Some birds in each group did not sing, as assessed by the level of ZENK induction in RA (see methods), which enabled us to conduct preliminary comparisons of ZENK induction in singing versus nonsinging birds that heard different types of playback. A detailed investigation of the role of singing/nonsinging versus different types of playback in inducing ZENK expression in dNCL is beyond the scope of this study due to the small number of birds that did not sing in some groups. However, we were nevertheless able to make some interesting comparisons from the pattern of data obtained (Fig. 6). For both juveniles and adults, birds that heard TUT playback and sang showed substantially higher levels of ZENK induction than did birds that heard TUT playback but did not sing (and singing juvenile birds that heard tutor song had higher levels of ZENK expression than the corresponding adult group, as described earlier). Likewise, juvenile birds that heard CON playback and sang also showed a higher density of ZENK+ neurons than did juveniles that heard CON playback but did not produce song. This latter comparison replicates the finding from experiment 1 showing that singing juvenile birds had higher densities of ZENK+ neurons in dNCL than did nonsinging juveniles that heard CON playback (the ratio of ZENK expression for singing and hearing birds to that for birds that heard CON playback without singing was ∼2.2 in both experiments). In contrast, adult birds that heard CON playback showed comparable, high levels of ZENK expression in dNCL, regardless of whether they were singing.
Interestingly, juvenile birds that heard playback without singing showed comparable levels of ZENK regardless of whether they heard TUT or CON (with the caveat that only two juvenile nonsinging birds heard TUT playback), whereas juveniles in the Singing-TUT condition exhibited much higher levels of ZENK expression than did those in Singing-CON. Among adults, TUT playback in nonsinging birds was not an effective stimulus for inducing ZENK, whereas CON playback in nonsinging birds was highly effective (and not different in singing vs. nonsinging birds). Thus juvenile birds that sing while hearing the song of their tutor show high levels of ZENK induction in dNCL neurons during active auditory–motor integration, but low levels when they sing and hear conspecific song. In contrast, playback of conspecific song is more effective at inducing ZENK expression in dNCL of adult birds, regardless of whether they are producing song.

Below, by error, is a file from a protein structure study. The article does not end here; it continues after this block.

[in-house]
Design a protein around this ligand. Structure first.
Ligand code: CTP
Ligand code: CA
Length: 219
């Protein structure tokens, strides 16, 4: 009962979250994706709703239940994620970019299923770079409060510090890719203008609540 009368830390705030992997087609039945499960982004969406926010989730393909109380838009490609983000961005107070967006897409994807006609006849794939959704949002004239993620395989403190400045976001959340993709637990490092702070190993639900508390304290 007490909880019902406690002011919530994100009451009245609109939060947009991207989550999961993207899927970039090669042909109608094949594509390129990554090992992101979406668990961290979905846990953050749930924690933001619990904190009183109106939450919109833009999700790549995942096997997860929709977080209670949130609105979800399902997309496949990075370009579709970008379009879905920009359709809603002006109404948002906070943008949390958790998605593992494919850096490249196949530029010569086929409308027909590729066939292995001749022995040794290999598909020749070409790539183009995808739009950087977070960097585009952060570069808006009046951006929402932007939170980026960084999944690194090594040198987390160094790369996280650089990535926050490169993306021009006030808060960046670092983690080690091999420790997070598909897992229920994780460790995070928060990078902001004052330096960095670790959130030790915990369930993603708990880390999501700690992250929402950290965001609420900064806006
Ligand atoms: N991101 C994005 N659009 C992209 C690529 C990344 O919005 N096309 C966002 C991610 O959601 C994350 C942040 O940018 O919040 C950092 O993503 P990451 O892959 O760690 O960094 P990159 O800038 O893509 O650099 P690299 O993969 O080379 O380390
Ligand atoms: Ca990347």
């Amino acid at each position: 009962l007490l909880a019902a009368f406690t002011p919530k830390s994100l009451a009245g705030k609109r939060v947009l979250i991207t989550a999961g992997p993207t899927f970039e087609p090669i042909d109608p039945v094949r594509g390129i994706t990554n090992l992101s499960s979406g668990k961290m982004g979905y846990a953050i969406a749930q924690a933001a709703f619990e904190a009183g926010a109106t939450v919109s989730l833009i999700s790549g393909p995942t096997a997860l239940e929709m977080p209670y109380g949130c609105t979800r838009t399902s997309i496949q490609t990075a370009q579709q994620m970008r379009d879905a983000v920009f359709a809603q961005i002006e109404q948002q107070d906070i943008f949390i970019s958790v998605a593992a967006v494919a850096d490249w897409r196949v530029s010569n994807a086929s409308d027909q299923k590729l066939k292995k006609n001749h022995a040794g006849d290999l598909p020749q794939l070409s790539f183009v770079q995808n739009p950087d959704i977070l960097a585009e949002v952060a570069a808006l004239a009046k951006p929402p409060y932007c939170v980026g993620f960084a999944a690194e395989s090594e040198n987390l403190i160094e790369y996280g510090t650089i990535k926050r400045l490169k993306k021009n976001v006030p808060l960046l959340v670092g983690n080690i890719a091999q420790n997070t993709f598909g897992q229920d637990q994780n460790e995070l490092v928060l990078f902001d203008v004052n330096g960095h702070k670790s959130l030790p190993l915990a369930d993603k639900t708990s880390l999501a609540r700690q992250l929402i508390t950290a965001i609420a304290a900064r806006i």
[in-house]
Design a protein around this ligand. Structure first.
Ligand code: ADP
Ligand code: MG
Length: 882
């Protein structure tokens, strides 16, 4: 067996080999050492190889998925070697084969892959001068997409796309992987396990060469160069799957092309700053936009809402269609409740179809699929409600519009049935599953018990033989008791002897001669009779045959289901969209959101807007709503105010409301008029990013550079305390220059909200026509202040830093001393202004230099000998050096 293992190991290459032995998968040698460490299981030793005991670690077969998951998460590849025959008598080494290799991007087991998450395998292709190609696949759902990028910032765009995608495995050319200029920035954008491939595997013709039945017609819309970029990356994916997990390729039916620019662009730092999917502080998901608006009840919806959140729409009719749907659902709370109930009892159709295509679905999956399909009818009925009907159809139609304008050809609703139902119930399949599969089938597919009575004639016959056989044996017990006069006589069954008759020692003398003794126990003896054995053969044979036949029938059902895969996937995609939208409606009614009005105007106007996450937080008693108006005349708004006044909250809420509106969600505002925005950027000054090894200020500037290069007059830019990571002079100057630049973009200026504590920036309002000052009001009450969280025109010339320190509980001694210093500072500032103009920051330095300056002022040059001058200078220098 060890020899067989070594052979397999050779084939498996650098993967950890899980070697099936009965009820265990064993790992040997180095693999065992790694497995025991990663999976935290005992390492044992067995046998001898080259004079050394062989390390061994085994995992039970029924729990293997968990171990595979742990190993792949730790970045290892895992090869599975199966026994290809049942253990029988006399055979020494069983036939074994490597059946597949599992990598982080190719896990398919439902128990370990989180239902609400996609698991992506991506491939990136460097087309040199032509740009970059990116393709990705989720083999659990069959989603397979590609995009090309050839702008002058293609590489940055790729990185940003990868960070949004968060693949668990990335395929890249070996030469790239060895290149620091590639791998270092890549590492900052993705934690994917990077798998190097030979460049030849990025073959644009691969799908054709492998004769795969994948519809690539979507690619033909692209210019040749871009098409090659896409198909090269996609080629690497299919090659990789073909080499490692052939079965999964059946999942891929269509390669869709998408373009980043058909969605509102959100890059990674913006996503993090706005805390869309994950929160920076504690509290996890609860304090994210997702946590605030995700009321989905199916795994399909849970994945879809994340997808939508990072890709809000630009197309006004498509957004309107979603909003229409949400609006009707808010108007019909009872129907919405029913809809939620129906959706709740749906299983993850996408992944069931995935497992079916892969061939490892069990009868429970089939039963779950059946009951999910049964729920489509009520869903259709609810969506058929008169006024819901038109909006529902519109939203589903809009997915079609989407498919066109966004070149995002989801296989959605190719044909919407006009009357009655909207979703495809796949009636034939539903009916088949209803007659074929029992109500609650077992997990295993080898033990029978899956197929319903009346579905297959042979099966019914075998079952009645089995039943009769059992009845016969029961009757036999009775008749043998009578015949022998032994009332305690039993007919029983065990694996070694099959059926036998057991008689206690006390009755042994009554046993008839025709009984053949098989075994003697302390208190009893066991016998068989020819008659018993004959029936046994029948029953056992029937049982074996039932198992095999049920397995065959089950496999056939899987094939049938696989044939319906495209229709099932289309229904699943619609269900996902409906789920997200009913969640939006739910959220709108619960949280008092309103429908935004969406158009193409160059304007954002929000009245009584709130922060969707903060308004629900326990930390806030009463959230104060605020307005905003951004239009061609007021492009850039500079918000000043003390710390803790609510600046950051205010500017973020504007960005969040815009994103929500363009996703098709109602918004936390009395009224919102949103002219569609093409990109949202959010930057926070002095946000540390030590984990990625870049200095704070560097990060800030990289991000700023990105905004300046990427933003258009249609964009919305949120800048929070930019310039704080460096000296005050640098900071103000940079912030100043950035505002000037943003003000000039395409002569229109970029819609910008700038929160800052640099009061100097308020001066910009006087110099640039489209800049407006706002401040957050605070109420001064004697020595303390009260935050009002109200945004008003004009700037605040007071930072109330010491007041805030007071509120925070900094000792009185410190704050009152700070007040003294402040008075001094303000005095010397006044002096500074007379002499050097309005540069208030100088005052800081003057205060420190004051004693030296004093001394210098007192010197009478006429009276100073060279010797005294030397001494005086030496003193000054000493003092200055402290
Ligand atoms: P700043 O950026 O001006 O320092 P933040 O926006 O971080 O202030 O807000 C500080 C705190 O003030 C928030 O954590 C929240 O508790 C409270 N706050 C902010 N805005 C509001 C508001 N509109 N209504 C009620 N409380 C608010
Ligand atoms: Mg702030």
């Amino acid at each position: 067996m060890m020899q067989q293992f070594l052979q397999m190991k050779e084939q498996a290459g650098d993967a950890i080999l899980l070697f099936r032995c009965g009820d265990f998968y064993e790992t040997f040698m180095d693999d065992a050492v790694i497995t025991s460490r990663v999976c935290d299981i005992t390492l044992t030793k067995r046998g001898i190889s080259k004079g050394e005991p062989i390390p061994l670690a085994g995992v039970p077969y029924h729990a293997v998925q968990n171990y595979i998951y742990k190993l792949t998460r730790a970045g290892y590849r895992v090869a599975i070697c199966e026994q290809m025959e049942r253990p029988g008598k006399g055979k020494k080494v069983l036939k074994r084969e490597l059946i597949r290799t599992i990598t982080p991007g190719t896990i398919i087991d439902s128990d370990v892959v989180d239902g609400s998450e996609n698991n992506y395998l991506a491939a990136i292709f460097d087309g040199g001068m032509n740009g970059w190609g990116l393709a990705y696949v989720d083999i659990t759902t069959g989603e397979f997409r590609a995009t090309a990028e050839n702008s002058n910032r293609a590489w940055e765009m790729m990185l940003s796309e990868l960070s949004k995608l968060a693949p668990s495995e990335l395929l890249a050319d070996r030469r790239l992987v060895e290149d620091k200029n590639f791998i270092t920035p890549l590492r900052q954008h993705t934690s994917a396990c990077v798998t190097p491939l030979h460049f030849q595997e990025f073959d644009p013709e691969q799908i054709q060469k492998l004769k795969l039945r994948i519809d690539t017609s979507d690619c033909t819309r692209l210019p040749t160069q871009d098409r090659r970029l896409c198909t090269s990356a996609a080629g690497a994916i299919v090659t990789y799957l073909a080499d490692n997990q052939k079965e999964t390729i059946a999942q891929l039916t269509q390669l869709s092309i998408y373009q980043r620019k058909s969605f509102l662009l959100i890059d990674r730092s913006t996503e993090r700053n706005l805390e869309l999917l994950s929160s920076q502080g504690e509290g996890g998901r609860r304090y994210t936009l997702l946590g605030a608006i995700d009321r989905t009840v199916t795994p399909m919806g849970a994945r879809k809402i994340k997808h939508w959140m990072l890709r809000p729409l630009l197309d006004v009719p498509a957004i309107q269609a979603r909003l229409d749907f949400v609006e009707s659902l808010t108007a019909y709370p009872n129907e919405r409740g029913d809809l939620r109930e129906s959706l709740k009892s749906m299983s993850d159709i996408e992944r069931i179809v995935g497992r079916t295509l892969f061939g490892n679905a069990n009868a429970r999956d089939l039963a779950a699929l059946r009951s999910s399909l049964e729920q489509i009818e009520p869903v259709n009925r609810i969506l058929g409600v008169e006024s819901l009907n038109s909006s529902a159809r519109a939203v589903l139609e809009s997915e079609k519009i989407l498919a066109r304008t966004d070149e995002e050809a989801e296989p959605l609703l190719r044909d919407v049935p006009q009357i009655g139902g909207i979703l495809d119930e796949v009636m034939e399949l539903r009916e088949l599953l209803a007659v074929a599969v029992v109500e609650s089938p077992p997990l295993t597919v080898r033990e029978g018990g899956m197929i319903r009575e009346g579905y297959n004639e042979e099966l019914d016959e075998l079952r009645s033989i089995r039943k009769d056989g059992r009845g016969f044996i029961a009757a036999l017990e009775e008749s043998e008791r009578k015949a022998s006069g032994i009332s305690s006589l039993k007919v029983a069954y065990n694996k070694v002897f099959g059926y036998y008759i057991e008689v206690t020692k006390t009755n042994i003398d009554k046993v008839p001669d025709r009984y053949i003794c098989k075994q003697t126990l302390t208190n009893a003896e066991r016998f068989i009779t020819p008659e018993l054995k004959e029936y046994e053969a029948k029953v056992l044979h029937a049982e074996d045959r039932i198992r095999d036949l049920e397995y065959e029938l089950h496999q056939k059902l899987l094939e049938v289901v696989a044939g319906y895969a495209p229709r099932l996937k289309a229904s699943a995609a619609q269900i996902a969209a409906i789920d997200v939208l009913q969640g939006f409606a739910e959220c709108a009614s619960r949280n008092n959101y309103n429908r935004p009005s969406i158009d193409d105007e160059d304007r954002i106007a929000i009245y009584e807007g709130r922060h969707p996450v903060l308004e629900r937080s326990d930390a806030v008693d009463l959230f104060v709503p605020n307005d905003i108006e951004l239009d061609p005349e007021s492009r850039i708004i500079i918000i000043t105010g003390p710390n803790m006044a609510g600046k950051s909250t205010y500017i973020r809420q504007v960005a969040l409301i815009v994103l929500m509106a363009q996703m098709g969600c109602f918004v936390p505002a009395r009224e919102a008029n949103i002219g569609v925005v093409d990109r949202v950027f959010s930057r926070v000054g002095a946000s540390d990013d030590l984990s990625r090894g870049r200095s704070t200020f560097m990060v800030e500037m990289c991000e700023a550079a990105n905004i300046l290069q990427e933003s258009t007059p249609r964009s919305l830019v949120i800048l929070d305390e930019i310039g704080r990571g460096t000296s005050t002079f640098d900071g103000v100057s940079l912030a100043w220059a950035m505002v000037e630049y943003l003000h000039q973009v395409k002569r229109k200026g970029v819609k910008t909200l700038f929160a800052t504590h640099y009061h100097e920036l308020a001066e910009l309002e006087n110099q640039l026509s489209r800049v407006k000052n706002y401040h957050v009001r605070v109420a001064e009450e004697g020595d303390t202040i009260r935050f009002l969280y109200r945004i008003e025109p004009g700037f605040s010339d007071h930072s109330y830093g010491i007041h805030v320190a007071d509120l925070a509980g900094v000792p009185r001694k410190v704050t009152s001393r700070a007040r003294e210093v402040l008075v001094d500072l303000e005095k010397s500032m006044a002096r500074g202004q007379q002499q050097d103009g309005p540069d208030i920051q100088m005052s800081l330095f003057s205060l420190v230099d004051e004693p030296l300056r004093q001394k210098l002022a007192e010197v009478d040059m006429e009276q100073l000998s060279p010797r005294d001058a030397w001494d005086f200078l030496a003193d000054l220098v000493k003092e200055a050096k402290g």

We observed robust, developmentally regulated ZENK induction in a novel region of cortex that receives direct input from the shell subregion of LMAN. Both hearing and producing song activated the expression of ZENK in dNCL neurons, thus identifying a novel brain region involved in learned vocal behavior. Furthermore, many ZENK+ dNCL neurons in juvenile singing birds that hear tutor song project to Ad (within motor cortex), indicating that ZENK+ neurons in dNCL are part of the LMANshell circuit. The results further implicate this circuit as having a functional involvement with vocal learning whose role varies during development. LMANshell is part of a basal ganglia pathway essential for acquisition of learned vocal sounds (Bottjer and Altenau 2009) and, along with dNCL, is part of a recurrent loop that makes feedback connections to LMAN as well as feedforward connections to HVC (Fig. 1 and Supplemental Fig. S1). The pattern of results obtained here is complex, indicating that age, song exposure, and singing all play interrelated roles in inducing ZENK expression in dNCL neurons. The changes that we observed suggest that multiple components of how dNCL functions are changing across development.
Previous studies of ZENK induction have shown a dissociation in the pattern of ZENK induction due to hearing versus producing song: the act of singing induces expression of IEGs in sensorimotor nuclei of songbirds (such as HVC and RA), whereas hearing playback of song induces IEG expression in regions of higher-level auditory cortex (Jarvis and Nottebohm 1997; Jarvis et al. 1998; Kimpo and Doupe 1997; Mello and Clayton 1994; Mello and Ribeiro 1998; Mello et al. 1992; Stripling et al. 1997, 2001). Thus dNCL is the first region shown to respond to some conjoint influence of producing and hearing vocal sounds (although Whitney and Johnson found a higher level of ZENK translation in RA of singing adult birds only when they could hear other birds singing; Whitney and Johnson 2005). In addition, previous studies using song playback as a stimulus have found no evidence that different types of song (e.g., tutor song vs. bird's own song vs. conspecific song) elicit differential levels of ZENK expression or responsivity in higher-level regions of auditory cortex of male birds (but see Gentner et al. 2004; Terpstra et al. 2006). We found that juvenile singing birds had higher levels of induction when they heard tutor song versus conspecific song. Further studies will be needed to determine whether this effect is caused by facilitation of ZENK induction in singing juvenile birds that hear TUT song or by suppression of ZENK expression in singing juveniles that hear CON. In contrast, playback of conspecific song was a highly effective stimulus for inducing ZENK expression in dNCL of adult birds—irrespective of whether they were singing—suggesting a developmental regulation that is independent of song production.